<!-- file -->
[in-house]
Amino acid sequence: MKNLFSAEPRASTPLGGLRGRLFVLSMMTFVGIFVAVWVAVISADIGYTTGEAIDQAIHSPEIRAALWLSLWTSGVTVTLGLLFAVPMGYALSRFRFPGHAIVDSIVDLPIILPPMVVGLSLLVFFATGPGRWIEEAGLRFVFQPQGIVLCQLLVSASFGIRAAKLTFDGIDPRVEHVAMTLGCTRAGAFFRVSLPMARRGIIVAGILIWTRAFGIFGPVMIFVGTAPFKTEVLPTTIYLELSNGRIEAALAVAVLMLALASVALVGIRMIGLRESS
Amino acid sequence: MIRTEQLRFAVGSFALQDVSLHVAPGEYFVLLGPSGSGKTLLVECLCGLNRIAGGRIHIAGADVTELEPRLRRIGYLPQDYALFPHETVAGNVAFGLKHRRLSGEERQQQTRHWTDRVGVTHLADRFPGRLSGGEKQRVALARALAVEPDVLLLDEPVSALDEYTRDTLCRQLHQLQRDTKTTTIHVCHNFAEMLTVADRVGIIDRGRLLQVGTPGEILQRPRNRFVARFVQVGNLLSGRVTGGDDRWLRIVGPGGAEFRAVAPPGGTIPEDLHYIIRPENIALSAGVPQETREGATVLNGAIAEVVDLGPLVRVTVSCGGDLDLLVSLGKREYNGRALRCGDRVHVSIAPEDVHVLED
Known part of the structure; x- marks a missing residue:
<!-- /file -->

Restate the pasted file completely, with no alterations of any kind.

[in-house]
Amino acid sequence: MKNLFSAEPRASTPLGGLRGRLFVLSMMTFVGIFVAVWVAVISADIGYTTGEAIDQAIHSPEIRAALWLSLWTSGVTVTLGLLFAVPMGYALSRFRFPGHAIVDSIVDLPIILPPMVVGLSLLVFFATGPGRWIEEAGLRFVFQPQGIVLCQLLVSASFGIRAAKLTFDGIDPRVEHVAMTLGCTRAGAFFRVSLPMARRGIIVAGILIWTRAFGIFGPVMIFVGTAPFKTEVLPTTIYLELSNGRIEAALAVAVLMLALASVALVGIRMIGLRESS
Amino acid sequence: MIRTEQLRFAVGSFALQDVSLHVAPGEYFVLLGPSGSGKTLLVECLCGLNRIAGGRIHIAGADVTELEPRLRRIGYLPQDYALFPHETVAGNVAFGLKHRRLSGEERQQQTRHWTDRVGVTHLADRFPGRLSGGEKQRVALARALAVEPDVLLLDEPVSALDEYTRDTLCRQLHQLQRDTKTTTIHVCHNFAEMLTVADRVGIIDRGRLLQVGTPGEILQRPRNRFVARFVQVGNLLSGRVTGGDDRWLRIVGPGGAEFRAVAPPGGTIPEDLHYIIRPENIALSAGVPQETREGATVLNGAIAEVVDLGPLVRVTVSCGGDLDLLVSLGKREYNGRALRCGDRVHVSIAPEDVHVLED
Known part of the structure; x- marks a missing residue: